Not all estate planning tools are alike. What you choose to include in your Indiana estate plan might differ from your friend’s plan. This is, in fact, a good thing because it means that you customize your estate plan to fit your specific needs and goals, and so can your friend. There are no rules regarding what legal documents you must include or omit from an estate plan. Many people choose similar documents, however, such as revocable or irrevocable trusts.
Flexibility is the key word regarding the differences between revocable and irrevocable trusts. If you sign a revocable trust, it basically means you can modify it. You can only change an irrevocable trust, on the other hand, under certain specific circumstances and with the court’s approval.
Trusts are different because of tax implications, as well
Some people choose to transfer assets to an irrevocable trust because this type of trust typically doesn’t incur estate tax. On the contrary, because you retain ownership of the assets in a revocable trust, those assets may be subject to estate taxes. In addition to tax implications, many people use one or the other type of trust to maintain privacy because assets in trust are not a matter of public record.
Why use one type of trust over the other?
If you want to leave assets to a certain group of beneficiaries, such as your grandchildren, it might be best to use a revocable trust. If you are of sound mind, you can modify the document, commonly referred to as a “living” trust — because you can change it while you’re living.
Perhaps when you initiate a trust, you might only have one grandchild. Years later, you could have several and would naturally want to include them in the inheritance. With a revocable trust, you can easily make an update. As for an irrevocable trust, if your estate’s net worth is above the federal tax exemption limit, you might want to place assets into this type of trust.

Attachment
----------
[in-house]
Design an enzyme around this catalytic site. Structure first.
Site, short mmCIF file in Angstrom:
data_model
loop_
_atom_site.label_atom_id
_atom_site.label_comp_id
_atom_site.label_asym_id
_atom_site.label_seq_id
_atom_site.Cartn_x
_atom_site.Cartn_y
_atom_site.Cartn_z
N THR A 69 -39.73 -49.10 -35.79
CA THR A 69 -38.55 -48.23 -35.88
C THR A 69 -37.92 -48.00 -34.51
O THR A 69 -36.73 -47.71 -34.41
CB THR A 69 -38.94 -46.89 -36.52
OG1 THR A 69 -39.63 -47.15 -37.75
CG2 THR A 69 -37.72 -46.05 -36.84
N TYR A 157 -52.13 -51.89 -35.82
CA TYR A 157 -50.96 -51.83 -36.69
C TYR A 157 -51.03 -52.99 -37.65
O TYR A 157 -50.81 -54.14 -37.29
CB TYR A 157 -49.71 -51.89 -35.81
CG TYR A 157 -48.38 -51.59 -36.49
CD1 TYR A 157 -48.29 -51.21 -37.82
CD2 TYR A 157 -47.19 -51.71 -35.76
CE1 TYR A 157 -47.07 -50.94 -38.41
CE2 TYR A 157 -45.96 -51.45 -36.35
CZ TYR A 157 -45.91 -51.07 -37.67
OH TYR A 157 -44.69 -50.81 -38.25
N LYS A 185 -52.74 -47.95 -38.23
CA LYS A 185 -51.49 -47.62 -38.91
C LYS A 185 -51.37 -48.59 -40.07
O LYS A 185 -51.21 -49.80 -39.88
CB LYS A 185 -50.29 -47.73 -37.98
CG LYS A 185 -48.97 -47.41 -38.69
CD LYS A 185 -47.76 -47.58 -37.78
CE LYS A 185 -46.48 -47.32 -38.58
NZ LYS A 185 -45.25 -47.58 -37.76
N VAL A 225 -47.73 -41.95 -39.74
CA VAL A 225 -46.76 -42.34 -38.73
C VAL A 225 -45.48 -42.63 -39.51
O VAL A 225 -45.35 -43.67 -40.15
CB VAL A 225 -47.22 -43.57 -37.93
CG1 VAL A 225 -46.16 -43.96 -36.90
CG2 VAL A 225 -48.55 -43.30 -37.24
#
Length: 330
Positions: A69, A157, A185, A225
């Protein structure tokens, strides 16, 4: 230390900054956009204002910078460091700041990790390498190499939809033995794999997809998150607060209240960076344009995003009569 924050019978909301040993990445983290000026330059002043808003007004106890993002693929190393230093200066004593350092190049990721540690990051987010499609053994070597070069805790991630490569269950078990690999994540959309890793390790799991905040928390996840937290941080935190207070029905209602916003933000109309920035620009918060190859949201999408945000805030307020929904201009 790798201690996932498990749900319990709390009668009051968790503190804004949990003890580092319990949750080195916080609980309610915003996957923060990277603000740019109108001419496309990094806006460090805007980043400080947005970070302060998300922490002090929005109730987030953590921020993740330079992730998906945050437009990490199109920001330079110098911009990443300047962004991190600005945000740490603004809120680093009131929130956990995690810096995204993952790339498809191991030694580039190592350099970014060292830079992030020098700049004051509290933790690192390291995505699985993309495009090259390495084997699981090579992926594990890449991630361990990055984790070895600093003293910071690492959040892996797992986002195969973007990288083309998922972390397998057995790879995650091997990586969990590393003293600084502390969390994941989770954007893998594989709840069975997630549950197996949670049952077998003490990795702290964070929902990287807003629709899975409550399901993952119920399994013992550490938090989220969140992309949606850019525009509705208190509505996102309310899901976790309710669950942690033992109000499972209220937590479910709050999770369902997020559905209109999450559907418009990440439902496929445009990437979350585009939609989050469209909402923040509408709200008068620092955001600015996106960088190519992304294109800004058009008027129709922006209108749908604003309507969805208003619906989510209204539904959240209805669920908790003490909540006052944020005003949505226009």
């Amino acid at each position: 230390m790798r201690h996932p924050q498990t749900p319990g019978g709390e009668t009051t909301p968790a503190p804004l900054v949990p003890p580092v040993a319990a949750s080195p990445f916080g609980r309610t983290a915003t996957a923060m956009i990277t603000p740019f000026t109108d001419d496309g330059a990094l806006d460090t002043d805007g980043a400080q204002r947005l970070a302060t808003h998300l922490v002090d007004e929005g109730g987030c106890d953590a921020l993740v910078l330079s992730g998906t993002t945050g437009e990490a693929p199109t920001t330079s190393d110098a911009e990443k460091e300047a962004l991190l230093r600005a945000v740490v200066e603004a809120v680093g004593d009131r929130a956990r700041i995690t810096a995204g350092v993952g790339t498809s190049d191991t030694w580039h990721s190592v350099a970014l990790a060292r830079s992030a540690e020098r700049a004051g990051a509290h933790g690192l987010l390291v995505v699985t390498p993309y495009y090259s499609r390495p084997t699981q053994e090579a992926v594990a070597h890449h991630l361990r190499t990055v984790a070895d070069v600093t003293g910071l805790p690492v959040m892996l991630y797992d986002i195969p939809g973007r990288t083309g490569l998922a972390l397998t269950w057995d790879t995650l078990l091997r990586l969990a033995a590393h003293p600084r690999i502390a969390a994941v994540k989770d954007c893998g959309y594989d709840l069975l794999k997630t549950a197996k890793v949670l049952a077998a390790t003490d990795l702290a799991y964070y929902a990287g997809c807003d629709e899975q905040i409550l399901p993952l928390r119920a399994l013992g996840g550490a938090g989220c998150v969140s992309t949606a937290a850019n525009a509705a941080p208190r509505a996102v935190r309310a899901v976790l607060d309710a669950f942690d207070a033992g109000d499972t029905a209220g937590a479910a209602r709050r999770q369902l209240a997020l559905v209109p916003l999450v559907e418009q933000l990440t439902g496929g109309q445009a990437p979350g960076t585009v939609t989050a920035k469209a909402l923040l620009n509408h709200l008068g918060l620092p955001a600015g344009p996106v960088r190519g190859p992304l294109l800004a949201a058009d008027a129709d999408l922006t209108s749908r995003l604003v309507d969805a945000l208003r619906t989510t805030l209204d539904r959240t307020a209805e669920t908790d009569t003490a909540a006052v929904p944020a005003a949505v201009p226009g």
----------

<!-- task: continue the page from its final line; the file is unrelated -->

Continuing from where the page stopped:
Can you have both?
As mentioned earlier, there are no rules regarding which estate planning documents you must use. However, there are certain documents to help you achieve specific goals. You might have assets that you’d like to place in a living trust while, at the same time, you also have assets that would be better off in an irrevocable trust. The good news is that you can do both.
In addition to trusts, you might also wish to learn more about other estate planning documents, such as a last will and testament, advance directive and power of attorney. Remember that not having a will causes your estate to become intestate after you die, which means that the state will then determine how to distribute your assets. If you want a say in who your beneficiaries should be and which assets go to whom, a will is not a document you’d want to omit from your estate plan.